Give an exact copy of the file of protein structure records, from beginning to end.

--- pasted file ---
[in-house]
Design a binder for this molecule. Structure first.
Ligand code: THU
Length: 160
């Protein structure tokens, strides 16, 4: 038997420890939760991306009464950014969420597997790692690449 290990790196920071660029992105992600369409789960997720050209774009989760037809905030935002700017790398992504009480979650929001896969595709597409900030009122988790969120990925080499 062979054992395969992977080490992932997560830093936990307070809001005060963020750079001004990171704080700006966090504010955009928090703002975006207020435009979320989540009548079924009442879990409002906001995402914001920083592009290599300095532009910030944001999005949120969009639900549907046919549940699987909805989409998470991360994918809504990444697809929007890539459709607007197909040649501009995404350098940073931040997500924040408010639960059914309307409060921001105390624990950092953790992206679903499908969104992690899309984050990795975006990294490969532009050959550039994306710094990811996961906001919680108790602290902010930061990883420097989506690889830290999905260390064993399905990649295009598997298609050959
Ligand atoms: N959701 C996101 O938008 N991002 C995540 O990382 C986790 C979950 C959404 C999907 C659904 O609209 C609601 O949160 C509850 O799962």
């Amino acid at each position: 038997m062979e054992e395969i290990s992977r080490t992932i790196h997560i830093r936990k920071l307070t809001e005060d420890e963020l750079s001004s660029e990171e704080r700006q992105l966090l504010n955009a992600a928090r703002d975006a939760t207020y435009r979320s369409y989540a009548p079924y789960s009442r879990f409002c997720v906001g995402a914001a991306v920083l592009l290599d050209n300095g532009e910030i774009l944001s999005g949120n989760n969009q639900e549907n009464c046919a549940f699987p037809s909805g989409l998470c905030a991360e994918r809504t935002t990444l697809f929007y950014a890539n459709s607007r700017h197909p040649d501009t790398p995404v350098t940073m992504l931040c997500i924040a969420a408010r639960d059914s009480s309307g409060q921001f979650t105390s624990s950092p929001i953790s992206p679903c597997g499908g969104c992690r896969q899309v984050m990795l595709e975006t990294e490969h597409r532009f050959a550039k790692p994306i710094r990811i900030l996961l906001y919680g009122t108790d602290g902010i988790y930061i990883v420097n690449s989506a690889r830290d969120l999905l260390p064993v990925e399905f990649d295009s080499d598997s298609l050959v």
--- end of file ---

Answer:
[in-house]
Design a binder for this molecule. Structure first.
Ligand code: THU
Length: 160
């Protein structure tokens, strides 16, 4: 038997420890939760991306009464950014969420597997790692690449 290990790196920071660029992105992600369409789960997720050209774009989760037809905030935002700017790398992504009480979650929001896969595709597409900030009122988790969120990925080499 062979054992395969992977080490992932997560830093936990307070809001005060963020750079001004990171704080700006966090504010955009928090703002975006207020435009979320989540009548079924009442879990409002906001995402914001920083592009290599300095532009910030944001999005949120969009639900549907046919549940699987909805989409998470991360994918809504990444697809929007890539459709607007197909040649501009995404350098940073931040997500924040408010639960059914309307409060921001105390624990950092953790992206679903499908969104992690899309984050990795975006990294490969532009050959550039994306710094990811996961906001919680108790602290902010930061990883420097989506690889830290999905260390064993399905990649295009598997298609050959
Ligand atoms: N959701 C996101 O938008 N991002 C995540 O990382 C986790 C979950 C959404 C999907 C659904 O609209 C609601 O949160 C509850 O799962």
């Amino acid at each position: 038997m062979e054992e395969i290990s992977r080490t992932i790196h997560i830093r936990k920071l307070t809001e005060d420890e963020l750079s001004s660029e990171e704080r700006q992105l966090l504010n955009a992600a928090r703002d975006a939760t207020y435009r979320s369409y989540a009548p079924y789960s009442r879990f409002c997720v906001g995402a914001a991306v920083l592009l290599d050209n300095g532009e910030i774009l944001s999005g949120n989760n969009q639900e549907n009464c046919a549940f699987p037809s909805g989409l998470c905030a991360e994918r809504t935002t990444l697809f929007y950014a890539n459709s607007r700017h197909p040649d501009t790398p995404v350098t940073m992504l931040c997500i924040a969420a408010r639960d059914s009480s309307g409060q921001f979650t105390s624990s950092p929001i953790s992206p679903c597997g499908g969104c992690r896969q899309v984050m990795l595709e975006t990294e490969h597409r532009f050959a550039k790692p994306i710094r990811i900030l996961l906001y919680g009122t108790d602290g902010i988790y930061i990883v420097n690449s989506a690889r830290d969120l999905l260390p064993v990925e399905f990649d295009s080499d598997s298609l050959v």